South Tyneside schools, war veterans and military organisations joined forces to commemorate the centenary of the death of a Great War hero from South Shields.
The Australian High Commissioner, the Hon Alexander Downer AC, is visited South Tyneside as part of special celebrations marking 100 years to the day Private John Simpson Kirkpatrick died in 1915.
South Shields-born Kirkpatrick, known as ‘The Man with the Donkey’, risked his own life to rescue around 300 wounded Australian and New Zealand soldiers from the frontline during the Gallipoli campaign of 1915. He carried the soldiers to safety using his trusted donkey.
He was killed aged 22 by a sniper’s bullet on May 19, but his legendary bravery continues to inspire people to this day.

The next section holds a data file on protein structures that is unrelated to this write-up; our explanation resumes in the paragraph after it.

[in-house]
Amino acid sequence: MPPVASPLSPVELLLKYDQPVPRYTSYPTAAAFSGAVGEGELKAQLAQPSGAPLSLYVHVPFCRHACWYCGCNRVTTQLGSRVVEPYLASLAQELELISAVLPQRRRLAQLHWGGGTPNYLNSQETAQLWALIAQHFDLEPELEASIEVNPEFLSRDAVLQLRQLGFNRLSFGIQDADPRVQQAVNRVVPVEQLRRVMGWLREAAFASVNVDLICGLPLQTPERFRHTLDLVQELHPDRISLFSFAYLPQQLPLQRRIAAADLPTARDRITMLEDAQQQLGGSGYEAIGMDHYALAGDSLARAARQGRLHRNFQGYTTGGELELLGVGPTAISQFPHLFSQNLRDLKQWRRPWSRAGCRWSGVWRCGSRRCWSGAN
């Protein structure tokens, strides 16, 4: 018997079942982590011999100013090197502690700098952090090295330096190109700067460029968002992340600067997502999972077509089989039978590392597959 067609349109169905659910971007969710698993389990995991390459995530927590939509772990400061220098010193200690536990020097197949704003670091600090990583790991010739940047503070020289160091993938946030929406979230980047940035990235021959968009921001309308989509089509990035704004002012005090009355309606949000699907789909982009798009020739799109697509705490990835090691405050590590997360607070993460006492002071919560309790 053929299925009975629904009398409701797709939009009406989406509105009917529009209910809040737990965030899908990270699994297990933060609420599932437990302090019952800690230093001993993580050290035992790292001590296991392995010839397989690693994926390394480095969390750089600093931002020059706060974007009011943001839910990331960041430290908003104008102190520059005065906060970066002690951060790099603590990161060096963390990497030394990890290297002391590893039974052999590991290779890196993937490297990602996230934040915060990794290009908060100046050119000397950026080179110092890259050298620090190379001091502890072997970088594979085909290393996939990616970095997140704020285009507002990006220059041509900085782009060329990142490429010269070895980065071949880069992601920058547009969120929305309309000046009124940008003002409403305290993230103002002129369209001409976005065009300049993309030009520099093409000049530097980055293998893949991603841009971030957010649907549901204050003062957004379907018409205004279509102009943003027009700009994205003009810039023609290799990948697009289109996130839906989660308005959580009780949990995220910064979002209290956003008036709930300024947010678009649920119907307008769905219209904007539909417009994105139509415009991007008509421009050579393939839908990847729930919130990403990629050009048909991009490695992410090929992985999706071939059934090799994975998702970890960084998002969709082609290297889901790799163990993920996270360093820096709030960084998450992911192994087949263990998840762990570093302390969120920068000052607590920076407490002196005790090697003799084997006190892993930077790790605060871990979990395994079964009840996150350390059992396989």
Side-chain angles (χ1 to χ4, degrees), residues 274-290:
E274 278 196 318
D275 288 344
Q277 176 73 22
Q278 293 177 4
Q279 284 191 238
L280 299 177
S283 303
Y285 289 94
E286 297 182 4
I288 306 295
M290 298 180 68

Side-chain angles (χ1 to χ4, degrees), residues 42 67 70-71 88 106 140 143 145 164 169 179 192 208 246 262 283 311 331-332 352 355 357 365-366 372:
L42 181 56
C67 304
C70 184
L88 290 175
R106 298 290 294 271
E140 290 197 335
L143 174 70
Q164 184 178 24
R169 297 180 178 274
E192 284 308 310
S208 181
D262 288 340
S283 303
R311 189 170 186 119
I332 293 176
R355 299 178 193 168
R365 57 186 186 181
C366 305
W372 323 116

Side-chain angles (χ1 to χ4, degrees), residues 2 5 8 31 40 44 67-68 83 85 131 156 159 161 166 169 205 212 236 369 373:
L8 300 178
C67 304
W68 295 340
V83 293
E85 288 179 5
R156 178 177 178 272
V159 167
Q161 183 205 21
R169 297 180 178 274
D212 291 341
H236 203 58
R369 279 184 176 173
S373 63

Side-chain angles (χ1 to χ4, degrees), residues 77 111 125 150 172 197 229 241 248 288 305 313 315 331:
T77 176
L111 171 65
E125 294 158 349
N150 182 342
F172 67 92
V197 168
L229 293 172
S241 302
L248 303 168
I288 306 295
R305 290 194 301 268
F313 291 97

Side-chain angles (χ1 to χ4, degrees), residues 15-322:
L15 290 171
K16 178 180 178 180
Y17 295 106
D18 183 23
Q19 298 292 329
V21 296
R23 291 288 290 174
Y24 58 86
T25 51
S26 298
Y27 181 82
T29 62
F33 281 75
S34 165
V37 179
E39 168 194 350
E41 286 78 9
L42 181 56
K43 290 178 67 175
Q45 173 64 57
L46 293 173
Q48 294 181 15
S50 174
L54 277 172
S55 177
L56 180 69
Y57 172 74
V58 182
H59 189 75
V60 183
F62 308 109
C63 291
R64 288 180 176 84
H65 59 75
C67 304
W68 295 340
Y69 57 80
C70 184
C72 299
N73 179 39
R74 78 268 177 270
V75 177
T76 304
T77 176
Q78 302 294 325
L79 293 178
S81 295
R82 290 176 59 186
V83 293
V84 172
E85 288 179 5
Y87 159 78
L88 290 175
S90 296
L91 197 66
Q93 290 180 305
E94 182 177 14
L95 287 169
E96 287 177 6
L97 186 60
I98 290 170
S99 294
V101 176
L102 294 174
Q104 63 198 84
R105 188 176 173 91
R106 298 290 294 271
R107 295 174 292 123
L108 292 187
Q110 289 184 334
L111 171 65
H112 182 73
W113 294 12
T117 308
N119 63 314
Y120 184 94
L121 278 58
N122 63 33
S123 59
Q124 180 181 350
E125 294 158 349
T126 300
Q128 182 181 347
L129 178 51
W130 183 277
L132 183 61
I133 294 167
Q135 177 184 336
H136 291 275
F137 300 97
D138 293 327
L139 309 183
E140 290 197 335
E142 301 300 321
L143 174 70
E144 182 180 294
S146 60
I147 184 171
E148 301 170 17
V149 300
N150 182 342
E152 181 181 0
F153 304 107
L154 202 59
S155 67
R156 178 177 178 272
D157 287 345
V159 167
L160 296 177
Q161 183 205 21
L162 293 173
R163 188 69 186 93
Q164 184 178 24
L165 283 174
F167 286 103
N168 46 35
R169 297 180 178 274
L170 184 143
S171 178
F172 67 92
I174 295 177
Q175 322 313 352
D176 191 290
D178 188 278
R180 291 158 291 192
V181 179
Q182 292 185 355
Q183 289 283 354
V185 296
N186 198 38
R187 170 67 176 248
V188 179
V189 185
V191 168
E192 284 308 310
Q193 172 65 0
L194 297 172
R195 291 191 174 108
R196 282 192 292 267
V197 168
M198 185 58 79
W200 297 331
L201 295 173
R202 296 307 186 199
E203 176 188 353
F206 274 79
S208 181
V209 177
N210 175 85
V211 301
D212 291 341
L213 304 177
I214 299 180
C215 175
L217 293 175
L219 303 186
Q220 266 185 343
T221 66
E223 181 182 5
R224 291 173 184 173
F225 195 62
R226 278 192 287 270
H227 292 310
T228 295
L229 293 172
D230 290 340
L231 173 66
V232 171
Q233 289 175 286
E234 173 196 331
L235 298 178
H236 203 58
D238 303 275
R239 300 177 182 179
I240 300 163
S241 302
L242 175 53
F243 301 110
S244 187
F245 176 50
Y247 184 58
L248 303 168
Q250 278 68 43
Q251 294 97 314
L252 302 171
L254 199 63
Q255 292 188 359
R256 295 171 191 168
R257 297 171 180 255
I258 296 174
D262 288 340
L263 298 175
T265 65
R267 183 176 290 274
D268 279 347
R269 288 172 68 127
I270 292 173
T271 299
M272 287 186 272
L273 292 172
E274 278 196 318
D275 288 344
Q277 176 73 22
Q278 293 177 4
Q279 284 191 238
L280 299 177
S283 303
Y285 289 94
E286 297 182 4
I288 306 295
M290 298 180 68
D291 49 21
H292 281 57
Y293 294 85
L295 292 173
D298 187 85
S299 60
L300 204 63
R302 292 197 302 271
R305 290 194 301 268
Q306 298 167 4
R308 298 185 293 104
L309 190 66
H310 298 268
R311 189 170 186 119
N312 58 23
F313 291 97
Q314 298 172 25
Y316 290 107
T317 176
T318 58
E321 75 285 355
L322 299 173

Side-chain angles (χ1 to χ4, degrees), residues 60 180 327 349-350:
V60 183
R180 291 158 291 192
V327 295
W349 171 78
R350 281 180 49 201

During his visit, Mr Downer, who was accompanied by Mr Robert Taylor, the Deputy High Commissioner for New Zealand, took a tour of South Shields Town Hall, and attend a service of commemoration at the Kirkpatrick Memorial in Ocean Road South Shields.
After laying a wreath at the Kirkpatrick Memorial Mr Downer headed to the coast where he unveil a new war memorial at the town’s new Littlehaven Promenade overlooking South Shields seafront where Kirkpatrick once worked on the donkey rides during the summer holidays as a young boy.
The new plaque will commemorate the centenary of the Gallipoli campaign and acknowledge all the men from across the North East, including more than 100 men from the local area, who were killed in action at Gallipoli.